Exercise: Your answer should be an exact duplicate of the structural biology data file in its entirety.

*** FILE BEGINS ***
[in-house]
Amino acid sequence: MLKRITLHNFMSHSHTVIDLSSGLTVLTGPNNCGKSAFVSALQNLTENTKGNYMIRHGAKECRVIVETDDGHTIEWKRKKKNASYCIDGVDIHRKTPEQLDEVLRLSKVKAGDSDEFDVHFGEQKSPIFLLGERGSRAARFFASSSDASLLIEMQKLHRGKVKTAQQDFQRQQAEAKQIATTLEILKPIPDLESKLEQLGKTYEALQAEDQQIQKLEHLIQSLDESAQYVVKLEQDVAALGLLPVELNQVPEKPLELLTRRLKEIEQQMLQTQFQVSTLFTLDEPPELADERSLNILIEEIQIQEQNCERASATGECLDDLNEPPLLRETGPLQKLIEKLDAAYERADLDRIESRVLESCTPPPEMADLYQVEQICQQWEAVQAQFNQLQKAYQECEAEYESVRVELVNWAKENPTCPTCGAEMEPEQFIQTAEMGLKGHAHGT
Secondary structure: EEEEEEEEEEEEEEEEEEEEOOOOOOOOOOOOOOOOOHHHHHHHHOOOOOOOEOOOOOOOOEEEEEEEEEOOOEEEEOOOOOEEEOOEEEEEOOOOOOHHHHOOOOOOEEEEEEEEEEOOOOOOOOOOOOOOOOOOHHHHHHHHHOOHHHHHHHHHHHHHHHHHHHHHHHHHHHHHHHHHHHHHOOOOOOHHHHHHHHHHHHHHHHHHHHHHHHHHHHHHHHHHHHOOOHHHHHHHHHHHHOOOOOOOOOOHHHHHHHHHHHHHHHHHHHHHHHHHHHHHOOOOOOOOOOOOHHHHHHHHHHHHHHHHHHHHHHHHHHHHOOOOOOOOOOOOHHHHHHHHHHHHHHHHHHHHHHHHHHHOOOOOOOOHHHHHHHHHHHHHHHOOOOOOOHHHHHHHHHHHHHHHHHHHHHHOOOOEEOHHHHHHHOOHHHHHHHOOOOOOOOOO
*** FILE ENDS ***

[in-house]
Amino acid sequence: MLKRITLHNFMSHSHTVIDLSSGLTVLTGPNNCGKSAFVSALQNLTENTKGNYMIRHGAKECRVIVETDDGHTIEWKRKKKNASYCIDGVDIHRKTPEQLDEVLRLSKVKAGDSDEFDVHFGEQKSPIFLLGERGSRAARFFASSSDASLLIEMQKLHRGKVKTAQQDFQRQQAEAKQIATTLEILKPIPDLESKLEQLGKTYEALQAEDQQIQKLEHLIQSLDESAQYVVKLEQDVAALGLLPVELNQVPEKPLELLTRRLKEIEQQMLQTQFQVSTLFTLDEPPELADERSLNILIEEIQIQEQNCERASATGECLDDLNEPPLLRETGPLQKLIEKLDAAYERADLDRIESRVLESCTPPPEMADLYQVEQICQQWEAVQAQFNQLQKAYQECEAEYESVRVELVNWAKENPTCPTCGAEMEPEQFIQTAEMGLKGHAHGT
Secondary structure: EEEEEEEEEEEEEEEEEEEEOOOOOOOOOOOOOOOOOHHHHHHHHOOOOOOOEOOOOOOOOEEEEEEEEEOOOEEEEOOOOOEEEOOEEEEEOOOOOOHHHHOOOOOOEEEEEEEEEEOOOOOOOOOOOOOOOOOOHHHHHHHHHOOHHHHHHHHHHHHHHHHHHHHHHHHHHHHHHHHHHHHHOOOOOOHHHHHHHHHHHHHHHHHHHHHHHHHHHHHHHHHHHHOOOHHHHHHHHHHHHOOOOOOOOOOHHHHHHHHHHHHHHHHHHHHHHHHHHHHHOOOOOOOOOOOOHHHHHHHHHHHHHHHHHHHHHHHHHHHHOOOOOOOOOOOOHHHHHHHHHHHHHHHHHHHHHHHHHHHOOOOOOOOHHHHHHHHHHHHHHHOOOOOOOHHHHHHHHHHHHHHHHHHHHHHOOOOEEOHHHHHHHOOHHHHHHHOOOOOOOOOO